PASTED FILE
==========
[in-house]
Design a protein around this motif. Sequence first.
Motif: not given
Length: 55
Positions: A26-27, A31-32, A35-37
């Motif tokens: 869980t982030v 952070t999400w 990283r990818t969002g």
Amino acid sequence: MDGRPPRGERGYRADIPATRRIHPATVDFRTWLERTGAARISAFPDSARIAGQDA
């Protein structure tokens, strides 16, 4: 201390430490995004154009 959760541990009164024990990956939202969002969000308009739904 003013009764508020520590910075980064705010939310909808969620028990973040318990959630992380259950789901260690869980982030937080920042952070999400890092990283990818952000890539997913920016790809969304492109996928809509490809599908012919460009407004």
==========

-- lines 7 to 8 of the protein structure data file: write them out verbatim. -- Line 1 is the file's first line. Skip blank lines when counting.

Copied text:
Amino acid sequence: MDGRPPRGERGYRADIPATRRIHPATVDFRTWLERTGAARISAFPDSARIAGQDA
């Protein structure tokens, strides 16, 4: 201390430490995004154009 959760541990009164024990990956939202969002969000308009739904 003013009764508020520590910075980064705010939310909808969620028990973040318990959630992380259950789901260690869980982030937080920042952070999400890092990283990818952000890539997913920016790809969304492109996928809509490809599908012919460009407004």